You may once have owned a pair of shoes that pinched more painfully with each step, until finally you couldn't take it anymore and kicked them off for good.
Or a rough tag on a shirt that started as an annoying little scratch on the back of your neck and by the end of the day had rubbed you raw.
Relationships can be like that: We put them on. We discover a flaw that grows more aggravating each time we experience it. We run.
That's what researchers at the University of Louisville say in a report published last year called "Social allergies in romantic relationships: Behavioral repetition, emotional sensitization, and dissatisfaction in dating couples."
In layman's terms, that means a romantic partner's annoying or obnoxious habits - what the study team dubbed "social allergens" - can sour and eventually even break up a relationship.
"Negative behavior increases and the negative reaction to them increases," lead researcher Michael Cunningham said in a telephone interview. Mr. Cunningham, a psychologist in the university's department of communications, said that while other studies have documented that process of disenchantment, he and his colleagues looked at specific categories of offensive behavior and how partners reacted to them.
Any of their categories sound familiar?
Men and women were equal offenders, by the way. Findings pointed to men as more uncouth and "norm violating," and women as more inconsiderate and intrusive.
People such as Diane Patino of Holland know the power of aggravation from personal experience. She's living proof of the study's conclusions.
"I once dated a guy who would read the names of the store signs out loud as we drove past them. Cute when you're 5, not when you're 35!," she wrote in an e-mail response to The Blade's request for readers to share their experience with romantic "allergies."
"One Christmas Eve as we were driving back home from church, it really got to me. I yelled at him to 'Stop with the juvenile behavior and just be quiet.' I refused to accept his Christmas gift, because I knew that was the end of the relationship."
Maybe if everything else had been going well, the sign-reading wouldn't have been so irksome. "It was the straw that broke the camel's back," Ms. Patino agreed later by phone. "You have behavior in people that puts you off and then that one thing that sends you over the edge, and it ends."
The escalating yuck effect is similar to what happens physically when you touch poison ivy, according to the University of Louisville researchers. The first time is likely to trigger a small negative reaction which then increases with repeated contact. The itch may drive you mad.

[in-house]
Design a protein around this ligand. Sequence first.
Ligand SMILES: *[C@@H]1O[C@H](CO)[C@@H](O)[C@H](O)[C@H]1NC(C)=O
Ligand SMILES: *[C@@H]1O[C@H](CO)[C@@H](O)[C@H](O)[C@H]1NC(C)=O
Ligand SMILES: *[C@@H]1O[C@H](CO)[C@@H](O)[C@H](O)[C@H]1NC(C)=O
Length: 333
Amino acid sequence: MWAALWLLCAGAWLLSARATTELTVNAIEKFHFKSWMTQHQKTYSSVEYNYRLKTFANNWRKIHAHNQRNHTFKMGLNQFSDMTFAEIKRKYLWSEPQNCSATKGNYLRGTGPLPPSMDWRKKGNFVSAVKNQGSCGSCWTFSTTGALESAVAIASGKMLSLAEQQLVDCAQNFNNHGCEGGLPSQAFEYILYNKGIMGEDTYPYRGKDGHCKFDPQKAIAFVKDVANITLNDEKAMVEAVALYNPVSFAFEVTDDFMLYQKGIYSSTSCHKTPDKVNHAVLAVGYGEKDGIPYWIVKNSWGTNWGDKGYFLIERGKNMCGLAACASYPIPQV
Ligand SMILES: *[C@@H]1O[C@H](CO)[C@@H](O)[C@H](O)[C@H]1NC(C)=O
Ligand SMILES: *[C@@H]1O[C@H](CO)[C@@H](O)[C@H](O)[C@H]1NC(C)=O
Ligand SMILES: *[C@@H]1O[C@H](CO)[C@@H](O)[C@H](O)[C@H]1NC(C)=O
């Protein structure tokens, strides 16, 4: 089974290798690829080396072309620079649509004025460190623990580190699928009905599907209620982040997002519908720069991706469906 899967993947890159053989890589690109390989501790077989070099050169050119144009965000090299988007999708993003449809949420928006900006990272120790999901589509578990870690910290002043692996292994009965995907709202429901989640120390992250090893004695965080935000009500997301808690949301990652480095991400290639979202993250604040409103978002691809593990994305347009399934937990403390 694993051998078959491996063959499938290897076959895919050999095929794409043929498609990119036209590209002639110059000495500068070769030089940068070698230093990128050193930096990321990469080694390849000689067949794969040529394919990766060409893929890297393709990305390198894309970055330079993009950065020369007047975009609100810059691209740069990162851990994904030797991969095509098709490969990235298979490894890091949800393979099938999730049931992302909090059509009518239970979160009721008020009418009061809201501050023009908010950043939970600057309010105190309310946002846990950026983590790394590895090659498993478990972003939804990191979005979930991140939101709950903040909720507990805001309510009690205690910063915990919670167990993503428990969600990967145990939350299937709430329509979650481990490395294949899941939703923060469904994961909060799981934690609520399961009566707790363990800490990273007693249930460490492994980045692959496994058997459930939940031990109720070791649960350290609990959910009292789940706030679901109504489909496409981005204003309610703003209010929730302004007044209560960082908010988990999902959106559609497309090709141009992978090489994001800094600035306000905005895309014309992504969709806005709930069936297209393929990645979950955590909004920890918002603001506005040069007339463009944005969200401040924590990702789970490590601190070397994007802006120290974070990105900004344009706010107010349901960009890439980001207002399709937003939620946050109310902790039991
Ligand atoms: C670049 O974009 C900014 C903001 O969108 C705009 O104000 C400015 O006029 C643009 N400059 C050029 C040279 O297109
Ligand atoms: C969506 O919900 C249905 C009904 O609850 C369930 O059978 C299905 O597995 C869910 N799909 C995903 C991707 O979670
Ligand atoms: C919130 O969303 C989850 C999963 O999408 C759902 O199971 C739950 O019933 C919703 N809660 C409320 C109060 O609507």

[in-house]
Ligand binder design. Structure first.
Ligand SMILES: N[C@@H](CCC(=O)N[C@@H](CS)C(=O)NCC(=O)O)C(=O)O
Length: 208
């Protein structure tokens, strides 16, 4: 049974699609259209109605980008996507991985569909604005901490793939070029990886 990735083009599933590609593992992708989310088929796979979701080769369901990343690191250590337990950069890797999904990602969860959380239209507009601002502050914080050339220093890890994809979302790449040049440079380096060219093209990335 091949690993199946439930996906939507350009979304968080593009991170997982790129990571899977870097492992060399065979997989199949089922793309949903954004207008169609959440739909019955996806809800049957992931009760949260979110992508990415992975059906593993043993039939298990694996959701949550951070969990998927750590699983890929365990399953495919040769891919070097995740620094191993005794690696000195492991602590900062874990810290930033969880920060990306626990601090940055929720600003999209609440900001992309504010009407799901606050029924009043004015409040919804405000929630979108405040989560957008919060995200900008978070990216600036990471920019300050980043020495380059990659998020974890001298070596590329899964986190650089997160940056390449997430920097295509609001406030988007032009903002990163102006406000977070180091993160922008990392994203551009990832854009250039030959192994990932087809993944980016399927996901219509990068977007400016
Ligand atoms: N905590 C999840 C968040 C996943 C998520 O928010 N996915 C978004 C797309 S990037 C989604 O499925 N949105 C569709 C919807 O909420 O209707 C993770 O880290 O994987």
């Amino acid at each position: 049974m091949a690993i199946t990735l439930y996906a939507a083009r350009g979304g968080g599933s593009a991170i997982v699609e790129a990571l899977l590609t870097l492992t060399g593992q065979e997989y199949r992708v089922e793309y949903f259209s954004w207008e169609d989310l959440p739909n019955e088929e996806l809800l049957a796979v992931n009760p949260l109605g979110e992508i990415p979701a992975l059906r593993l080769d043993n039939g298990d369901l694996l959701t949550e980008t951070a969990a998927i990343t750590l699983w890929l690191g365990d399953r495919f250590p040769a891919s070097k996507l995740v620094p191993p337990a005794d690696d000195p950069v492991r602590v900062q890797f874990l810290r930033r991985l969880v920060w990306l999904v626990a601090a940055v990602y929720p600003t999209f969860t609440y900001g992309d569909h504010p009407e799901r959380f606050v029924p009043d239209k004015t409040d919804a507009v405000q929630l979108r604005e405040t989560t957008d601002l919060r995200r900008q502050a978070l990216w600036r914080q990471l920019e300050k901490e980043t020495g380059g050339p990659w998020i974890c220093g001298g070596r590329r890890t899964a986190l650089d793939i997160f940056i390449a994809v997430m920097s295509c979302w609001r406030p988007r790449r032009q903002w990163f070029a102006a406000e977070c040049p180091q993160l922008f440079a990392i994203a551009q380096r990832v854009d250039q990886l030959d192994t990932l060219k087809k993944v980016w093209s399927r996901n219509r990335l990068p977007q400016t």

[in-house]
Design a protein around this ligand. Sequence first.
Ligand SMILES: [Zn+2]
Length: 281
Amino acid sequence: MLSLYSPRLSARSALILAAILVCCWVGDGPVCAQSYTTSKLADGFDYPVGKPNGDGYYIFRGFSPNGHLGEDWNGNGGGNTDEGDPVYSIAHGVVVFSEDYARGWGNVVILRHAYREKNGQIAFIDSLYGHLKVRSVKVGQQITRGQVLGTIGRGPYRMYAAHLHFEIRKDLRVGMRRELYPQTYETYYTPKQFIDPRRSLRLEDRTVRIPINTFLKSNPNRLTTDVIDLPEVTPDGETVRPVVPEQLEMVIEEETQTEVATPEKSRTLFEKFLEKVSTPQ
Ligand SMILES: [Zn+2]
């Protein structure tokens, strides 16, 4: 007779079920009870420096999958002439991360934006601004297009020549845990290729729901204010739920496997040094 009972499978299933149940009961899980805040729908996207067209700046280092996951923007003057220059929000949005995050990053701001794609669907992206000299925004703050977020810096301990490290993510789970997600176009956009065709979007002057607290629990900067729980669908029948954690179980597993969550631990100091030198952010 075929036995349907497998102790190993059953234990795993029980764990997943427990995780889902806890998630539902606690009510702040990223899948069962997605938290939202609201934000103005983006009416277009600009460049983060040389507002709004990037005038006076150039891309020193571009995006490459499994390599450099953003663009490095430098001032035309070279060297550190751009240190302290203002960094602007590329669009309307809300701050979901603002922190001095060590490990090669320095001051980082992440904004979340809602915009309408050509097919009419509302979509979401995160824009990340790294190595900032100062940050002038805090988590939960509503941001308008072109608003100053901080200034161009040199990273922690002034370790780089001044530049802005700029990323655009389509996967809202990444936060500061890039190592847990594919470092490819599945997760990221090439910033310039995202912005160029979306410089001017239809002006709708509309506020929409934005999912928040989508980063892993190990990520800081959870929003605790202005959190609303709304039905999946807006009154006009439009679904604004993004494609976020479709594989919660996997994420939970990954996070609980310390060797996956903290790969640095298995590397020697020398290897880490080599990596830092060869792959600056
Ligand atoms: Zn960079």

"The closeness and familiarity of a romantic relationship can create a range of emotions, from contentment to contempt," says the report published in the professional journal Personal Relationships. "Learning about the partner's hopes and dreams, and exchanging support, kindness, and affection, can lead to love and commitment. But the process of going backstage and learning everything there is to know about the other person's private self can also lead to some undesirable surprises."
As Mr. Cunningham pointed out, "People put on their best face at the front of the relationship, and often let more unpleasant behavior come out later on as the relationship progresses."
Although the researchers were working with college-aged men and women - with a mean age of just under 20 - Mr. Cunningham said he doesn't think the results would be different with older subjects.
"You can acquire tolerance and coping skills the older you get, but irritation is still irritation," he said. Maturity doesn't necessarily bring acceptance: "Sometimes older people are crotchety about things," Mr. Cunningham observed.
However, Valerie Liebert, a professional clinical counselor in Perrysburg, said she finds younger couples are more likely to sweat the small stuff. "They haven't gotten to the point of being able to overlook some of those things," she explained, noting that minor irritations exist in long-standing marriages but aren't usually the reasons why such couples seek her help.
Ms. Liebert said the real issue may be lack of consideration and respect for the other person - both in people who won't try to stop doing whatever it is that makes their partner crazy and, on the other side, of getting bogged down in minor complaints. "You just have to learn to live with some of that," she advised.
Likewise, Mr. Cunningham advised give and take: "Talk about these behaviors and focus on plans for changing what can be changed or tolerating what can't be changed."
Maybe you two could make a deal, he went on. As in: I'll agree to stop saying "ya know" if you'll stop criticizing my driving. Or, I'll stop spitting in front of you if you'll stop slurping your coffee.
The psychologist, who is now looking at irritating behavior in the workplace, advised that you speak up about what's bothering you about the other person - diplomatically, of course, and before you have reached the breaking point.
These things don't magically go away, Mr. Cunningham said. "Habits tend to persist, and expecting the other person to pick up on subtle signs of irritation isn't realistic."
So talk: nicely, not with food in your mouth, and don't interrupt. Stop rolling your eyes. And don't give me that look.
Contact Ann Weber at: firstname.lastname@example.org or 419-724-6126.
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